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13:05, 7 JAN 2019 UPDATED 13:27, 7 JAN 2019
Kevin Gale is accused of the murder of Lee Turner in Barnstaple. Doctors say he is too ill to stand trial and jury must decide what happened.
A paranoid schizophrenic who had ‘slipped through the cracks’ of mental health care stabbed to death a shopper leaving Tesco in Barnstaple, a court has heard.
Kevin Gale, 50, suffered from delusions and serious mental health issues when he allegedly attacked Lee Turner, 39, outside the store in August last year.
His ex-wife, daughter and sister had repeatedly warned the mental health crisis team about his increasingly bizarre behaviour but little was done, Exeter Crown Court was told.
Gale, who has asked to be known as Mr Kit Kat, has been charged with murder but doctors have decided he is unfit to stand trial. A jury has been asked to decide, based on all the evidence, whether he killed Mr Turner.
Prosecutor Mr Sean Brunton QC said the incident happened just after 6pm on August 3.
Mr Turner went to Tesco to buy some milk and was leaving the store when he walked past Gale on his way in.
Both men had a ‘distinctive appearance’ said the prosecutor.
Gale was wearing a bright blue bandanna, shorts, knee-length black and yellow socks and silver boots. Mr Turner was bare-chested.
As the men walked by one another on the zebra crossing CCTV showed them appearing to exchange words.
Mr Brunton said it is not known what they said to one another but it may have been a provocative or unkind comment about what Gale was wearing.
“We know Mr Turner walked off bare-chested away from the store across the car park in the direction of Costa Coffee,” said Mr Brunton.
“As he does so this defendant stops in the foyer at the front of the supermarket and takes off his small rucksack.”
The prosecution say that an agitated Gale took a knife from the rucksack and turned to follow Mr Turner. About 100m from the store he hit him on the back, it is alleged.
“What Mr Turner did not know was that in his hand Kevin Gale had a steel throwing knife’, said Mr Brunton.
The knife had a 9cm blade and ‘rather than just hitting him on the back what the defendant was doing was stabbing Mr Turner four times into his back, shoulder and chest area’.
Mr Turner staggered a few steps before falling to the ground. Members of the public called 999 and an ambulance arrived quickly. The injured man was taken to hospital but died of catastrophic blood loss that day. Three of the stab wounds had penetrated his chest cavity to the depth of 6cm.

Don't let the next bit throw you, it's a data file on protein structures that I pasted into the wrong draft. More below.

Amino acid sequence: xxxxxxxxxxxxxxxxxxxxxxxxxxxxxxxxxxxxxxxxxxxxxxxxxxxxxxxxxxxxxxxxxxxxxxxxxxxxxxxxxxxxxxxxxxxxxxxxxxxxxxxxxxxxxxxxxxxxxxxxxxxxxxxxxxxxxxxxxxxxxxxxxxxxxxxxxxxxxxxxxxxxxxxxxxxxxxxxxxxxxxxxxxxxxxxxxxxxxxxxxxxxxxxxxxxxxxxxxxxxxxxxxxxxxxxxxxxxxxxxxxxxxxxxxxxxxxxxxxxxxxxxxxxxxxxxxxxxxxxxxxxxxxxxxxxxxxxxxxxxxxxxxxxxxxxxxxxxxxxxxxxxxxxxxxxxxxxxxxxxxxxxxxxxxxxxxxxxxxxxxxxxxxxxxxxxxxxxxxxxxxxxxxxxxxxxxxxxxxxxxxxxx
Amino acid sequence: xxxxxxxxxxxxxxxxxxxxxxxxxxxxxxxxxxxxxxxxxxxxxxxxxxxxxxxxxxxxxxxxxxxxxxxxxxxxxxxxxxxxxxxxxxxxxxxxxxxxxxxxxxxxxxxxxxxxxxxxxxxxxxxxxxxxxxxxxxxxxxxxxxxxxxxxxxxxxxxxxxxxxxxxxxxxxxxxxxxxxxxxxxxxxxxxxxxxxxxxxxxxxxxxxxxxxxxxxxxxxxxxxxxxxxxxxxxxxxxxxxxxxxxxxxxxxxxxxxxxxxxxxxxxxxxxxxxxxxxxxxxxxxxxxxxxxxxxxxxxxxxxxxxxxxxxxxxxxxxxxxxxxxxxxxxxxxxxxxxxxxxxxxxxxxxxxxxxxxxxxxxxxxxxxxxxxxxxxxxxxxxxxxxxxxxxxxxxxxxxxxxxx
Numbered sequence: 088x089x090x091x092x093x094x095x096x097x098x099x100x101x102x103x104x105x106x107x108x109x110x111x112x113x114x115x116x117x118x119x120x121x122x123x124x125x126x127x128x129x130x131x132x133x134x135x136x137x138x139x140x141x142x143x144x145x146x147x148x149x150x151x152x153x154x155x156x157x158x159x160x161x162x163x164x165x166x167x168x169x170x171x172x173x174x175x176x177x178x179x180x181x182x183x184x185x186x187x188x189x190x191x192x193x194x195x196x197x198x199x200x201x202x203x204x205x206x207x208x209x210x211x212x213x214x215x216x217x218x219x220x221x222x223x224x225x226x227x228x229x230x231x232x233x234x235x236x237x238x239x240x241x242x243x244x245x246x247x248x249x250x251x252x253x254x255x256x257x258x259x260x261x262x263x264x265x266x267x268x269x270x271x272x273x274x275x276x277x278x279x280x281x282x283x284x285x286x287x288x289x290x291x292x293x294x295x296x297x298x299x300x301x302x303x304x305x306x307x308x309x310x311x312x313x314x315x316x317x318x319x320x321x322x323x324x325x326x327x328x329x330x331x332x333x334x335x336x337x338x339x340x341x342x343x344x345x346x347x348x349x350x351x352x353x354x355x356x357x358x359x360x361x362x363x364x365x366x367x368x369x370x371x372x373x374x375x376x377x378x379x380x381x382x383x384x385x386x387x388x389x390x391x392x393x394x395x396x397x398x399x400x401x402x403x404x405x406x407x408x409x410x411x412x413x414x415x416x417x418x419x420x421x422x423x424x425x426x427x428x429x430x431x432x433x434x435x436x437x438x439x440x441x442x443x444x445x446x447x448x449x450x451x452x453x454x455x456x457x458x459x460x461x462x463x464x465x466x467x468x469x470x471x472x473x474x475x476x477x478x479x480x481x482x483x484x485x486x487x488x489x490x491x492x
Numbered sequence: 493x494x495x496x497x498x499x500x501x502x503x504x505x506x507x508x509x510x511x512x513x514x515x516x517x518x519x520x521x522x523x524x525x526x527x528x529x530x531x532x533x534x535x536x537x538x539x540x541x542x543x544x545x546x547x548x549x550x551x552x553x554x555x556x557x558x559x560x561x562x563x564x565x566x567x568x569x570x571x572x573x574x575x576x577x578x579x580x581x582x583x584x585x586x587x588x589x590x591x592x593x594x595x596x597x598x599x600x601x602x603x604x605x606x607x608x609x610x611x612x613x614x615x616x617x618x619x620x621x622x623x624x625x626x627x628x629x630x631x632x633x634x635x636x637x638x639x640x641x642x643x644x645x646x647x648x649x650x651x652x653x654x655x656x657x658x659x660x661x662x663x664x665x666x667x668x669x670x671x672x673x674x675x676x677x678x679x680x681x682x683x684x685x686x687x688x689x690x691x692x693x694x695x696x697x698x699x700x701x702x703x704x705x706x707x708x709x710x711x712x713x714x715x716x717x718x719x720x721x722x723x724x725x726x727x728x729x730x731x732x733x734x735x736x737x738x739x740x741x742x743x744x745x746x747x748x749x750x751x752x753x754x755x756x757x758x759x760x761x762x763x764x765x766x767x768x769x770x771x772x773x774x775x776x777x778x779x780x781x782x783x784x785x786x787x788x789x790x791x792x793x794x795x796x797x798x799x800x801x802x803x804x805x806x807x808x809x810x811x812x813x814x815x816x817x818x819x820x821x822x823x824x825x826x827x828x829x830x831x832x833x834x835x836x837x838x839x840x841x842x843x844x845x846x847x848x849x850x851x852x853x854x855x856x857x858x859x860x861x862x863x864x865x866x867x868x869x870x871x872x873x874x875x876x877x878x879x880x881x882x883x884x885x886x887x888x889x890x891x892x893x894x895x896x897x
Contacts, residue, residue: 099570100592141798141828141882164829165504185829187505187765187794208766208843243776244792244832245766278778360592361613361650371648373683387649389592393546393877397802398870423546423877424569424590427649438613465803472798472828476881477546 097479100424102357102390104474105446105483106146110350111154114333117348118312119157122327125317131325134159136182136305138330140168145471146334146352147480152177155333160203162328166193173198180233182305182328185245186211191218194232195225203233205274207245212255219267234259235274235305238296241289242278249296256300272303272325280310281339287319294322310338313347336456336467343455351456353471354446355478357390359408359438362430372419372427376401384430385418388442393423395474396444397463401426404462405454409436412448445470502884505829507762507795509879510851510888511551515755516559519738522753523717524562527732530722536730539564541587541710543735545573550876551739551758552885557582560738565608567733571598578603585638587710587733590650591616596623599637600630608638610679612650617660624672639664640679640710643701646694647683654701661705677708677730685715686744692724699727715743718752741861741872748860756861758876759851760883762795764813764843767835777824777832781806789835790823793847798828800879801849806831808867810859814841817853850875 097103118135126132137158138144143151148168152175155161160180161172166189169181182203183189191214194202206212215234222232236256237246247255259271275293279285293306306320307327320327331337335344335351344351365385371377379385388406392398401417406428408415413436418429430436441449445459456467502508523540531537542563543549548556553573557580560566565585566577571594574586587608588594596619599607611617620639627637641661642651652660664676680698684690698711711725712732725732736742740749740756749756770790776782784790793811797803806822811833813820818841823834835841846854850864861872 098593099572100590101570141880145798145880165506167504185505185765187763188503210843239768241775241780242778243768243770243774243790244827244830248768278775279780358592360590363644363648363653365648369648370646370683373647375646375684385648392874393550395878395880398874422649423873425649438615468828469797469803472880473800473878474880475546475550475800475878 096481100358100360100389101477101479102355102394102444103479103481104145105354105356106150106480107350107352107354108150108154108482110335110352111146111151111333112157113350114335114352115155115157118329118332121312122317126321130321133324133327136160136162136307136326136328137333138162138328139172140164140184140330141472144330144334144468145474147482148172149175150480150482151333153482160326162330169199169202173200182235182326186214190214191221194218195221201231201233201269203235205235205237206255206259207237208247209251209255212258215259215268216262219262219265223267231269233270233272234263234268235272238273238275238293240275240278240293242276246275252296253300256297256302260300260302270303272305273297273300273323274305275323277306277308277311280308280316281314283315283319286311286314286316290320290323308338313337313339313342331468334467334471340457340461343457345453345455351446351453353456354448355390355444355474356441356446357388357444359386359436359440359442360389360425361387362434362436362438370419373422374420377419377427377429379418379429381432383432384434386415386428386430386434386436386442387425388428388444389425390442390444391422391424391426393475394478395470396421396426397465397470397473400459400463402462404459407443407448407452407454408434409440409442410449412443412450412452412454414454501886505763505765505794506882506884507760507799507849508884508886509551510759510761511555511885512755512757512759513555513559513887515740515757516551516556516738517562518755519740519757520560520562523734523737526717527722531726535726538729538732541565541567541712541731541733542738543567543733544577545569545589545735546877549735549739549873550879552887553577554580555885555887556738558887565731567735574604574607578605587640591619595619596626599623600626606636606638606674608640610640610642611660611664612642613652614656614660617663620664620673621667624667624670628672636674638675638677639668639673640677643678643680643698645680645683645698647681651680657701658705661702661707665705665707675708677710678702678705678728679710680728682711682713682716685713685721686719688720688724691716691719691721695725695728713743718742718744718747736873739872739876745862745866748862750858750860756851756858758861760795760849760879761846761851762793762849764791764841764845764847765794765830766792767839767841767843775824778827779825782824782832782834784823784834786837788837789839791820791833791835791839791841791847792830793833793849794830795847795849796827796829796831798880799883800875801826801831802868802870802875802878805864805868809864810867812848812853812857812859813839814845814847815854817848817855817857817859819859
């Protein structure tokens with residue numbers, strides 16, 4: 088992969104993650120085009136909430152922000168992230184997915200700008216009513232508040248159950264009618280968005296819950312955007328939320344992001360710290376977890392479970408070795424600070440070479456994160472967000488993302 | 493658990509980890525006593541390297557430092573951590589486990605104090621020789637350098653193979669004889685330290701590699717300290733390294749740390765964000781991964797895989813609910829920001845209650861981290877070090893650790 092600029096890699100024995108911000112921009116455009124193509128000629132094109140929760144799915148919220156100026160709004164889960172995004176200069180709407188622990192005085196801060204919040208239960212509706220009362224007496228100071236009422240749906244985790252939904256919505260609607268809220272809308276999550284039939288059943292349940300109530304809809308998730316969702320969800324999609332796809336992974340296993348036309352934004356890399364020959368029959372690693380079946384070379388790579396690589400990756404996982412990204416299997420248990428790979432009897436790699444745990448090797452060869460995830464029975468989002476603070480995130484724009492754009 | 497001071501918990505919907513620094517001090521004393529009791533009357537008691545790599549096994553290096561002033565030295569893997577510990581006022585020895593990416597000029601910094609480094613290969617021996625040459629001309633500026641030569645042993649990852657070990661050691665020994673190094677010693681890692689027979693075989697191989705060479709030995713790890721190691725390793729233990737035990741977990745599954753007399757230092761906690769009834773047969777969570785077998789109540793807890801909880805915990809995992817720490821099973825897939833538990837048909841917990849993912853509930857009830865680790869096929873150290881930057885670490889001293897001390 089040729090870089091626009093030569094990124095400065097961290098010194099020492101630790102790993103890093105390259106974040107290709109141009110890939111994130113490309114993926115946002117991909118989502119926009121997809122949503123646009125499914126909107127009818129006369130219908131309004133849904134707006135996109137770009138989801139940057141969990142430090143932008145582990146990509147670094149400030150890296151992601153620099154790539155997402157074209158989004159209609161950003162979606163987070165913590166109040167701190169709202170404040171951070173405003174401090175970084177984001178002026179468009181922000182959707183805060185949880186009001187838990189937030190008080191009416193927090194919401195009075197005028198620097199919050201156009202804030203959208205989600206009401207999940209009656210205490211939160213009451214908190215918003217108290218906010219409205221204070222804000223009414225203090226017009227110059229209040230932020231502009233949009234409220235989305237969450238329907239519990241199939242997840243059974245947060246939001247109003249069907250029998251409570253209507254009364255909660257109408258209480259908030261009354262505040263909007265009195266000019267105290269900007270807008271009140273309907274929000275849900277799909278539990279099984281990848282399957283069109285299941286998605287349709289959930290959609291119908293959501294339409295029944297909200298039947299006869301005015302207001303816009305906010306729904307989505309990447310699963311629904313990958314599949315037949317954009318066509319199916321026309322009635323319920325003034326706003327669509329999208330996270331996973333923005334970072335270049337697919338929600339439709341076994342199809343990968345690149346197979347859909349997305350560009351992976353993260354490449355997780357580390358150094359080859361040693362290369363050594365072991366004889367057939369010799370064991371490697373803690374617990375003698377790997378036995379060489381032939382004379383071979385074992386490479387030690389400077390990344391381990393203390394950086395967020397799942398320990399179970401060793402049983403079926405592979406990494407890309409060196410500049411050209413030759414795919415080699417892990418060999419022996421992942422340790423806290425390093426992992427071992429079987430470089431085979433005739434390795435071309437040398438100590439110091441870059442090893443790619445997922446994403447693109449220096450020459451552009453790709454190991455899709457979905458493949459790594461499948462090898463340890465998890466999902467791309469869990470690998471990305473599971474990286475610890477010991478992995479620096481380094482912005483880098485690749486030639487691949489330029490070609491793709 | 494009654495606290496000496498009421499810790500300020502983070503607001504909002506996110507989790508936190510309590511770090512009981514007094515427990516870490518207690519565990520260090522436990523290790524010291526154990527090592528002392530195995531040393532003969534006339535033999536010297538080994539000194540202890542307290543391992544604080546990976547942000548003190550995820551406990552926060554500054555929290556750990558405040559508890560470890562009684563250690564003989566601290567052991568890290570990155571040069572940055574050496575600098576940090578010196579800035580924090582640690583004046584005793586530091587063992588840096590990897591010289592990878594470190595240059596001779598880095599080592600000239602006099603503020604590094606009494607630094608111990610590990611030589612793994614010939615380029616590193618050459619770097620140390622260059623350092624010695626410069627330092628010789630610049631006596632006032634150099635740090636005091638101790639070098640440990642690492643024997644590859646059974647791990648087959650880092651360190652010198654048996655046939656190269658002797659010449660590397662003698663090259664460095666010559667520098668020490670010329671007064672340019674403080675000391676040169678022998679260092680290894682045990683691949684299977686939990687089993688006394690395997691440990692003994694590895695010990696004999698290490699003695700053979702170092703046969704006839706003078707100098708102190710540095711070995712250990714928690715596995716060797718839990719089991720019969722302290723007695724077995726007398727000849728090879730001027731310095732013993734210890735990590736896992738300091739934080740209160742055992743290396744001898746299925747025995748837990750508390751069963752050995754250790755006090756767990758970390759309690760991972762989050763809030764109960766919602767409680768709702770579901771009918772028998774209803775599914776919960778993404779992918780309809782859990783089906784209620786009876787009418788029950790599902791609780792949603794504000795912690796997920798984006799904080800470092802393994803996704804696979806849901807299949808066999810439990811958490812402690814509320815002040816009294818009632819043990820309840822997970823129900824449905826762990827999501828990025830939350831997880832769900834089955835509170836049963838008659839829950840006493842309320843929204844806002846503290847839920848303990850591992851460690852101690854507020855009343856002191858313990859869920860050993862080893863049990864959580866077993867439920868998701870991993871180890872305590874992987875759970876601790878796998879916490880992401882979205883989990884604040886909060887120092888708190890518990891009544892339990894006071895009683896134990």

Mr Brunton said there was nothing doctors could do to save him.
The prosecution say CCTV shows Gale calmly walking home. Members of the public remember seeing a man wearing his distinctive clothing walking through the town centre and across Long Bridge.
Gale was arrested in the early hours of the next morning at his home in Rackfield Court. He had not changed his clothing and large parts of the house, including the walls and furniture, were daubed in white paint. It was clear he was suffering from some form of mental illness, making bizarre screaming and humming noises. Women’s clothing and other weapons were found at the address.
The prosecution added that the knife used to kill Mr Turner was found close to Costa. DNA of the defendant and blood from the victim was found on the weapon. Two identical ‘Spider-man type’ throwing knives were found hidden at the defendant’s home.
Mr Brunton told the jury there was no doubt the weapon found near Costa was the murder weapon and no doubt the defendant ‘was the one wielding it’.
“The prosecution say that when you take all the evidence, the CCTV the DNA, the eyewitness accounts, it would be beyond question the defendant is responsible for stabbing Lee Turner,” said Mr Brunton.
The prosecutor said Gale had been a happily married man until the 1990s when his mental health started to deteriorate.
He had been under the care of a mental health crisis team since at least 2011 but stopped taking his medication after his key worker left and the relationship with his support team broke down.
“He stopped taking his medication and there was nobody to see it happening,” he said.
When his family tried to raise concerns they received ‘little or no support’.
Shortly before the alleged murder Gale lost all contact with his family.
“This was a man seriously out of control and who somehow slipped between the cracks of medical and psychological care,” said Mr Brunton.
Judge Peter Johnson told the jury it was a unusual trial because it was not the job of the jury to decide whether the defendant, who was not present in court and is being held at a secure unit, is guilty or not guilty.
The issue is whether he committed the act of killing or not.
When police questioned Gale he said three women had given him the knife and one of the women had stabbed Mr Turner. The prosecution say this account is completely false and demonstrates the defendant’s bizarre state of mind.
The case continues.